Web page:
Does it really pay to be civil?
By Christine Porath
We live in a divisive time. Career federal leaders often find themselves caught in between their duties to the American people and their need to cooperate with stakeholders in the White House and on Capitol Hill who may have competing priorities.
Regardless of this tense environment, it’s important for federal leaders to model civility. Showing respect and kindness isn’t only the right thing to do—it’s also effective.
Studies by the Center for Creative Leadership show that the number one characteristic associated with executive failure is “an insensitive, abrasive or bullying style.” The third is “aloofness or arrogance.”
Power can force compliance, but disrespect or insensitivity by someone wielding power can sabotage support. If incivility works at all, it’s usually effective in the short term but not for building enduring leadership success.
I’ve learned that how you treat people determines whether they will build relationships with you, trust you, follow you, support you and work hard for you. Respectful people usually collaborate more easily, in part because they have more people willing to collaborate with them.
Our research has shown that people viewed as civil tend to occupy more important positions. They connect ideas, information and people, and they cross boundaries more effectively in organizations. More respectful people reap a windfall of networking and personal benefits, whereas those seen as uncivil get shut out of networks and all the benefits that come with them, such as information, advice and career opportunities. In one study I did, participants were far more likely to recommend a civil person for a job than an uncivil person.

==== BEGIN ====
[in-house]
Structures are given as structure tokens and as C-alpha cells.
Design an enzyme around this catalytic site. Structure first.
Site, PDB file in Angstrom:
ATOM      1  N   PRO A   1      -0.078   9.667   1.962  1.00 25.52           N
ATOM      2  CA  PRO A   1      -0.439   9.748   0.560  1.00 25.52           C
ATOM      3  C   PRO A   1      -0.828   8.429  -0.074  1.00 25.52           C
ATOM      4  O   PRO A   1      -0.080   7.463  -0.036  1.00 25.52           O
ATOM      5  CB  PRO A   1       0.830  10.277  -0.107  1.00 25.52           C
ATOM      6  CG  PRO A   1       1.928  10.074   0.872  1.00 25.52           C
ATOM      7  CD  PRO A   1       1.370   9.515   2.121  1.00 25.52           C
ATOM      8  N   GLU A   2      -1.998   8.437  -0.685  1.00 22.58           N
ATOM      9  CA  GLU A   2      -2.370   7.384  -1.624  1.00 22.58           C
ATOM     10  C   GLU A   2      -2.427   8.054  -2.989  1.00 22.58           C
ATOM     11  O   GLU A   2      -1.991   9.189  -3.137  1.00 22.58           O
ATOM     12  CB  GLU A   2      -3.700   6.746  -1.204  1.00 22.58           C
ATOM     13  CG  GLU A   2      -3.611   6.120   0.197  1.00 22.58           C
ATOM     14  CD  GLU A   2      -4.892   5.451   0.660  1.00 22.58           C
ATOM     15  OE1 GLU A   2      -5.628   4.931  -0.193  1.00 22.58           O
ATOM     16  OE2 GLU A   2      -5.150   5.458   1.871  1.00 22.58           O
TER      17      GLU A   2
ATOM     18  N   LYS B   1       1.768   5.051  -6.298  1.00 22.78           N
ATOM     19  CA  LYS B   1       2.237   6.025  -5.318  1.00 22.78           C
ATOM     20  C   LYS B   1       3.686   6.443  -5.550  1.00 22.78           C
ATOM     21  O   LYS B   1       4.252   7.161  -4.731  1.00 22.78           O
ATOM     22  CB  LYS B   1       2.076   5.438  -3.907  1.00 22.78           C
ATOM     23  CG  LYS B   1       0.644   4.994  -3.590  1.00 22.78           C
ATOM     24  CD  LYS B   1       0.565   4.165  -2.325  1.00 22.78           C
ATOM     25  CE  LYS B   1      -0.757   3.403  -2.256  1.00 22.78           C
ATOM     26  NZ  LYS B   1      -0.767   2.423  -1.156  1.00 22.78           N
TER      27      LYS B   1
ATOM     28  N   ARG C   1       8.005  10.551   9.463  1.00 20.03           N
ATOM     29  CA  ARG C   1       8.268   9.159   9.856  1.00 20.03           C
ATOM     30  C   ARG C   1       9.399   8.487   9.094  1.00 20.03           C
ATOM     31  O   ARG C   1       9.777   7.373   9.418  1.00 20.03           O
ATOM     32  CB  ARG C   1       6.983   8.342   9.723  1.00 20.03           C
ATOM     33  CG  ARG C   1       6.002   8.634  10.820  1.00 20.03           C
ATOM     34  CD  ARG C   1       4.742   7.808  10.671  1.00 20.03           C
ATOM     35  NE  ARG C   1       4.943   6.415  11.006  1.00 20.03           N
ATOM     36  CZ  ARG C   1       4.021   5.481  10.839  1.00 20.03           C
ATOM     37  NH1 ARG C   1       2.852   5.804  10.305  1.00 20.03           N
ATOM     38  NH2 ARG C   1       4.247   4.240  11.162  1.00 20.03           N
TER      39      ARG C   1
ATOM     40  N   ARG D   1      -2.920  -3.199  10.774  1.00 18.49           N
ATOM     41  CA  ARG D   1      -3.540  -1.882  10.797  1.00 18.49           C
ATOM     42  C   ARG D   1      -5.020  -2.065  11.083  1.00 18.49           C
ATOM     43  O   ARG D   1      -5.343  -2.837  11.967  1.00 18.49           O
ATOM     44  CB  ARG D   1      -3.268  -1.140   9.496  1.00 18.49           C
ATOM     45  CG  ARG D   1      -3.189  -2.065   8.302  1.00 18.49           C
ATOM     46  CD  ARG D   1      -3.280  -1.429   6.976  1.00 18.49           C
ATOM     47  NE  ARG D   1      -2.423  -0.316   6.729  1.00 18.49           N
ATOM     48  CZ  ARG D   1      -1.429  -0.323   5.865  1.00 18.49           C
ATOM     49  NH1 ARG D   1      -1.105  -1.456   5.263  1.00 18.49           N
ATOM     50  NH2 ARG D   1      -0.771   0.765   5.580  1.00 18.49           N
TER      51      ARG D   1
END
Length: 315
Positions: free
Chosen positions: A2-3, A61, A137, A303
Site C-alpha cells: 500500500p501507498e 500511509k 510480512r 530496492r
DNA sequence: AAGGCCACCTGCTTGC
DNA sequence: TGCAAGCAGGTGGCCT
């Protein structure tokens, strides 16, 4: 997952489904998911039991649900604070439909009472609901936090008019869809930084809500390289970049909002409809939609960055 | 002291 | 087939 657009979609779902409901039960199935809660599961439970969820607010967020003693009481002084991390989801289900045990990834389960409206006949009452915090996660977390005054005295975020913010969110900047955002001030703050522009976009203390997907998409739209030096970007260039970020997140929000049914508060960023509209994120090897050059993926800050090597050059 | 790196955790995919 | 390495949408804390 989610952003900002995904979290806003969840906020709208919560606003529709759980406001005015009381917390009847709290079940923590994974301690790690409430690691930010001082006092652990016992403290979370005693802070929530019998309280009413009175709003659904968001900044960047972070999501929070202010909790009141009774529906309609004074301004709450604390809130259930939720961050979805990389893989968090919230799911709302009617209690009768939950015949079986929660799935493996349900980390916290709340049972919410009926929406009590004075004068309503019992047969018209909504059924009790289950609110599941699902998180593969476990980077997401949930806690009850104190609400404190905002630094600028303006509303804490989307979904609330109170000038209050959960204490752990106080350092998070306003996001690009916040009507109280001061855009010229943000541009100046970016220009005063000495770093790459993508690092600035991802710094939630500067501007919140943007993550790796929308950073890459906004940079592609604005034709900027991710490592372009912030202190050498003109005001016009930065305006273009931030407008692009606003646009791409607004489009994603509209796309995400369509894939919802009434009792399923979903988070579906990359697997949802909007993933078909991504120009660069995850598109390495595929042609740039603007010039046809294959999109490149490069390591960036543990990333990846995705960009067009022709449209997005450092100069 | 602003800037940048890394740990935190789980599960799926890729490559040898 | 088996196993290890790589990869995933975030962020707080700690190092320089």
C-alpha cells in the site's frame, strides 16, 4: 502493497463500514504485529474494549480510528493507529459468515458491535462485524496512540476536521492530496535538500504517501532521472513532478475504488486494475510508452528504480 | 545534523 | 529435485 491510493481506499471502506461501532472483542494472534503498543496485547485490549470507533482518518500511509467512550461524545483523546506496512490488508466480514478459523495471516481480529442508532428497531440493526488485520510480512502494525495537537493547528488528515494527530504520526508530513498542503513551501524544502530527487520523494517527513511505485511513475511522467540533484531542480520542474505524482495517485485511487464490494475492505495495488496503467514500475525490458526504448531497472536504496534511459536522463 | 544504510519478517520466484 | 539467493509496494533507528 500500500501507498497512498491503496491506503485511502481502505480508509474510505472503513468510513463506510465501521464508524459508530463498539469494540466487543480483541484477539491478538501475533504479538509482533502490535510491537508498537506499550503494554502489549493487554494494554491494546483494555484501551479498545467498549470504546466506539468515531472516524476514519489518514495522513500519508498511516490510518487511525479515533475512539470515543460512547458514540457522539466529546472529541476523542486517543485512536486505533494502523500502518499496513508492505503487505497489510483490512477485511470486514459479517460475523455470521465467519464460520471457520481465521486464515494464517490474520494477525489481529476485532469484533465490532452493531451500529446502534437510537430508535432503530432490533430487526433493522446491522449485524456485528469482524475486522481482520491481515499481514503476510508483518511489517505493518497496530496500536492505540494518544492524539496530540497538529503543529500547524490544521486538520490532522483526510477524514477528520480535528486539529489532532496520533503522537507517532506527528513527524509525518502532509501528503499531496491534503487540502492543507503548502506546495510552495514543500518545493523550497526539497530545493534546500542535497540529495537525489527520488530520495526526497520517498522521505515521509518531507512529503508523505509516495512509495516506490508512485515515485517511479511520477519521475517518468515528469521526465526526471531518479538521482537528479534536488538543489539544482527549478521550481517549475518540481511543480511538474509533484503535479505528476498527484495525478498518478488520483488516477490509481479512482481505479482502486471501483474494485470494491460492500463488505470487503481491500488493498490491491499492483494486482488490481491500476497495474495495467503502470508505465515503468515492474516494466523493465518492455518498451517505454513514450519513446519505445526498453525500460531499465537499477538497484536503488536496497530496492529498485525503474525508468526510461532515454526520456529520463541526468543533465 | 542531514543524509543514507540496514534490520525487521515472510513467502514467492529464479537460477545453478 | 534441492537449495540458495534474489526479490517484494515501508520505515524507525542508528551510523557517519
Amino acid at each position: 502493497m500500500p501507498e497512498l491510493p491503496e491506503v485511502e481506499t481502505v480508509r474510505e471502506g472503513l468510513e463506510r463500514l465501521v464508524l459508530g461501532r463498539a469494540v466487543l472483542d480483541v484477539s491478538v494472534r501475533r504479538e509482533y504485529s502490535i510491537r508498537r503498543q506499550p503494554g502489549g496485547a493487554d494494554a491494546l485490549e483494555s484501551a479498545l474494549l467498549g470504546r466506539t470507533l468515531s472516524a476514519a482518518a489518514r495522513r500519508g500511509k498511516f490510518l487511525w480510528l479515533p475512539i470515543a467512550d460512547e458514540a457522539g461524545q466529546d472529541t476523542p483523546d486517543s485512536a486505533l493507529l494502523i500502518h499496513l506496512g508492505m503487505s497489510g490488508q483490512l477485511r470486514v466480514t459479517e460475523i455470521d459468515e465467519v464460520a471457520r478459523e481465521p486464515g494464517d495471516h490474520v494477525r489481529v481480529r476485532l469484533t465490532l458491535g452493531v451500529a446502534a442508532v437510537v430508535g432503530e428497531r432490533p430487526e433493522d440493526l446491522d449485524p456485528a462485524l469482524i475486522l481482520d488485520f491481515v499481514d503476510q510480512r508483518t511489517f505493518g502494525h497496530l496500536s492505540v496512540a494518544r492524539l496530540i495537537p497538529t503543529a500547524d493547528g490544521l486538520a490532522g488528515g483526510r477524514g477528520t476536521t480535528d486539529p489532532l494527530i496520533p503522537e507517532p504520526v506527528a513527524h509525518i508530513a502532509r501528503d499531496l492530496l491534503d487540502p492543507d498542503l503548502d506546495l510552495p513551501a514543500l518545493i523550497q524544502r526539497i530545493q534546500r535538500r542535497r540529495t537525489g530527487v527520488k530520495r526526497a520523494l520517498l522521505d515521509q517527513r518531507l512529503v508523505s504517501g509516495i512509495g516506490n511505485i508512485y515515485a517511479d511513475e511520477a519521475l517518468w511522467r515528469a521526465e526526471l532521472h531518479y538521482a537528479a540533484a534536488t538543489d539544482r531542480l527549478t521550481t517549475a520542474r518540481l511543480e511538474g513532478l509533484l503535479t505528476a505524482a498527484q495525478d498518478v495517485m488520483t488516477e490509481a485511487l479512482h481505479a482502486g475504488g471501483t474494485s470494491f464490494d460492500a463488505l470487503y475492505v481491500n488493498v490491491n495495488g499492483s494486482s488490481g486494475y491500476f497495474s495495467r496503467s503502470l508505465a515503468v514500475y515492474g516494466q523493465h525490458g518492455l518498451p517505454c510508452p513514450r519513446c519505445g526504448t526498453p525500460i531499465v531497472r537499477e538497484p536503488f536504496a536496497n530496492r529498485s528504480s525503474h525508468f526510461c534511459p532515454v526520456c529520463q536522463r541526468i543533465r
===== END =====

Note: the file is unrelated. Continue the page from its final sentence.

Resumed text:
Civil behavior pays off in other ways, too. Studies I performed with Alexandra Gerbasi at the University of Exeter in England and Sebastian Schorch at the Universidad de los Andes in Colombia showed that people tend to associate civility—defined in this study as treating someone respectfully and with dignity, politeness or pleasantry—with being a leader. In a study we did at a biotechnology firm, those seen as civil were twice as likely to be viewed as leaders than those deemed uncivil, and they performed 13 percent better.
So, yes, civility pays. Nice people don’t finish last—they finish best. Given the enormous cost of incivility—and the power of civility—it’s in your best interest, and your organization’s, to master civility. Being kind will manifest in connections, influence and effectiveness. My research confirms that small behaviors, such as thanking people, listening attentively, humbly asking questions, acknowledging others, sharing credit or smiling, can give you a performance boost. The converse—seemingly insignificant acts of incivility—can cost you.
[For more on the research, please see this TED talk.]
Christine Porath is the author of “Mastering Civility: A Manifesto for the Workplace” and a professor at Georgetown University’s McDonough School of Business. She is a member of the Government Leadership Advisory Council, a group of experts and champions informing the Partnership’s leadership development strategy.
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